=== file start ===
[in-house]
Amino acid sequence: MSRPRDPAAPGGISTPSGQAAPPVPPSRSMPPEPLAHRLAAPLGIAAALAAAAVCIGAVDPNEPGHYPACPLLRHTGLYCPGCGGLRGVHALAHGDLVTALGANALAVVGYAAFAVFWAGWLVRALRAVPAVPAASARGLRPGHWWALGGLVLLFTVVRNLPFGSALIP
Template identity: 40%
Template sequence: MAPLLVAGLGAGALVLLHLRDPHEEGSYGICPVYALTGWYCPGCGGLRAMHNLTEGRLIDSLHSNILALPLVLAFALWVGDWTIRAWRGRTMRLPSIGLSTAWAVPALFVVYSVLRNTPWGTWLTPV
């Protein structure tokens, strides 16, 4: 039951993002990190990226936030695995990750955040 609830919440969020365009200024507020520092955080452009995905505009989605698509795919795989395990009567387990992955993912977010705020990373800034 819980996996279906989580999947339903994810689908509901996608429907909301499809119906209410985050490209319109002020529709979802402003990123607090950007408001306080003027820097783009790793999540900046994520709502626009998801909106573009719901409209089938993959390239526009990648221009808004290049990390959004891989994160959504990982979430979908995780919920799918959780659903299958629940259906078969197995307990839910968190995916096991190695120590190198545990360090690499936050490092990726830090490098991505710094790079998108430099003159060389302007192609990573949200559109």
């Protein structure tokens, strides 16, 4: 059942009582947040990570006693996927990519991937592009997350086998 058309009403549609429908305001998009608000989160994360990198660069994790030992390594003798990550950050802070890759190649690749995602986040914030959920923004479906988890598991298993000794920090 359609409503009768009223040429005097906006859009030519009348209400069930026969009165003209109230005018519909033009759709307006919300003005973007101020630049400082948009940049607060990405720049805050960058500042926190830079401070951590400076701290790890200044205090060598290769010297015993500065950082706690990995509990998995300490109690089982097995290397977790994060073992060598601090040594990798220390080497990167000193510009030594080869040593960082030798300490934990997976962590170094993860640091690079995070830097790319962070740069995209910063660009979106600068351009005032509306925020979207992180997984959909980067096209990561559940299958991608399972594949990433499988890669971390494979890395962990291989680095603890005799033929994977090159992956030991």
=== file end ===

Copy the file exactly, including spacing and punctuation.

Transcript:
[in-house]
Amino acid sequence: MSRPRDPAAPGGISTPSGQAAPPVPPSRSMPPEPLAHRLAAPLGIAAALAAAAVCIGAVDPNEPGHYPACPLLRHTGLYCPGCGGLRGVHALAHGDLVTALGANALAVVGYAAFAVFWAGWLVRALRAVPAVPAASARGLRPGHWWALGGLVLLFTVVRNLPFGSALIP
Template identity: 40%
Template sequence: MAPLLVAGLGAGALVLLHLRDPHEEGSYGICPVYALTGWYCPGCGGLRAMHNLTEGRLIDSLHSNILALPLVLAFALWVGDWTIRAWRGRTMRLPSIGLSTAWAVPALFVVYSVLRNTPWGTWLTPV
């Protein structure tokens, strides 16, 4: 039951993002990190990226936030695995990750955040 609830919440969020365009200024507020520092955080452009995905505009989605698509795919795989395990009567387990992955993912977010705020990373800034 819980996996279906989580999947339903994810689908509901996608429907909301499809119906209410985050490209319109002020529709979802402003990123607090950007408001306080003027820097783009790793999540900046994520709502626009998801909106573009719901409209089938993959390239526009990648221009808004290049990390959004891989994160959504990982979430979908995780919920799918959780659903299958629940259906078969197995307990839910968190995916096991190695120590190198545990360090690499936050490092990726830090490098991505710094790079998108430099003159060389302007192609990573949200559109």
């Protein structure tokens, strides 16, 4: 059942009582947040990570006693996927990519991937592009997350086998 058309009403549609429908305001998009608000989160994360990198660069994790030992390594003798990550950050802070890759190649690749995602986040914030959920923004479906988890598991298993000794920090 359609409503009768009223040429005097906006859009030519009348209400069930026969009165003209109230005018519909033009759709307006919300003005973007101020630049400082948009940049607060990405720049805050960058500042926190830079401070951590400076701290790890200044205090060598290769010297015993500065950082706690990995509990998995300490109690089982097995290397977790994060073992060598601090040594990798220390080497990167000193510009030594080869040593960082030798300490934990997976962590170094993860640091690079995070830097790319962070740069995209910063660009979106600068351009005032509306925020979207992180997984959909980067096209990561559940299958991608399972594949990433499988890669971390494979890395962990291989680095603890005799033929994977090159992956030991």